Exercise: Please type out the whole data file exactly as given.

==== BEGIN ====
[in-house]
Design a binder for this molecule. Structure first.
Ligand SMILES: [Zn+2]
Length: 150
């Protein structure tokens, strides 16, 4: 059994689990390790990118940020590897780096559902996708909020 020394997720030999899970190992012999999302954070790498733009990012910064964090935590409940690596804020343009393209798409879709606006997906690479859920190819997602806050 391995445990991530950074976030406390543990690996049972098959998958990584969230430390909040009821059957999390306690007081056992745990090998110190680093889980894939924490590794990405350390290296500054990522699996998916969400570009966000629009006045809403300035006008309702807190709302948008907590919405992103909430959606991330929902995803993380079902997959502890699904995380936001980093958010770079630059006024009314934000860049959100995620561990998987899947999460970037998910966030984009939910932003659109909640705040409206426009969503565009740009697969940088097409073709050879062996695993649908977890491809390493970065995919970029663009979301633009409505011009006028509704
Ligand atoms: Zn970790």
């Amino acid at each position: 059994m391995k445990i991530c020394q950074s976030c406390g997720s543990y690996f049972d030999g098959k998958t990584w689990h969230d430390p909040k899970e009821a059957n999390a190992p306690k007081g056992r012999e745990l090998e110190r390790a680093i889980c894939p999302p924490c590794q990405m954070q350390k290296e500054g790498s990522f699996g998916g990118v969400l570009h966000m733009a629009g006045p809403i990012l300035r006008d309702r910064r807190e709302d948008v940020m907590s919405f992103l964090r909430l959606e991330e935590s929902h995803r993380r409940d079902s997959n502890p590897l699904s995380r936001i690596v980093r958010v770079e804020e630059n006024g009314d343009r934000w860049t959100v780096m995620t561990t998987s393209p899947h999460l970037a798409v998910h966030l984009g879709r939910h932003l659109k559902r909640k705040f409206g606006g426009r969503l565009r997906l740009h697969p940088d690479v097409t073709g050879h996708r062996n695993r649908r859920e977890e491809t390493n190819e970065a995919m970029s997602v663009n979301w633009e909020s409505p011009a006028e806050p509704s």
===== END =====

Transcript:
[in-house]
Design a binder for this molecule. Structure first.
Ligand SMILES: [Zn+2]
Length: 150
């Protein structure tokens, strides 16, 4: 059994689990390790990118940020590897780096559902996708909020 020394997720030999899970190992012999999302954070790498733009990012910064964090935590409940690596804020343009393209798409879709606006997906690479859920190819997602806050 391995445990991530950074976030406390543990690996049972098959998958990584969230430390909040009821059957999390306690007081056992745990090998110190680093889980894939924490590794990405350390290296500054990522699996998916969400570009966000629009006045809403300035006008309702807190709302948008907590919405992103909430959606991330929902995803993380079902997959502890699904995380936001980093958010770079630059006024009314934000860049959100995620561990998987899947999460970037998910966030984009939910932003659109909640705040409206426009969503565009740009697969940088097409073709050879062996695993649908977890491809390493970065995919970029663009979301633009409505011009006028509704
Ligand atoms: Zn970790």
């Amino acid at each position: 059994m391995k445990i991530c020394q950074s976030c406390g997720s543990y690996f049972d030999g098959k998958t990584w689990h969230d430390p909040k899970e009821a059957n999390a190992p306690k007081g056992r012999e745990l090998e110190r390790a680093i889980c894939p999302p924490c590794q990405m954070q350390k290296e500054g790498s990522f699996g998916g990118v969400l570009h966000m733009a629009g006045p809403i990012l300035r006008d309702r910064r807190e709302d948008v940020m907590s919405f992103l964090r909430l959606e991330e935590s929902h995803r993380r409940d079902s997959n502890p590897l699904s995380r936001i690596v980093r958010v770079e804020e630059n006024g009314d343009r934000w860049t959100v780096m995620t561990t998987s393209p899947h999460l970037a798409v998910h966030l984009g879709r939910h932003l659109k559902r909640k705040f409206g606006g426009r969503l565009r997906l740009h697969p940088d690479v097409t073709g050879h996708r062996n695993r649908r859920e977890e491809t390493n190819e970065a995919m970029s997602v663009n979301w633009e909020s409505p011009a006028e806050p509704s």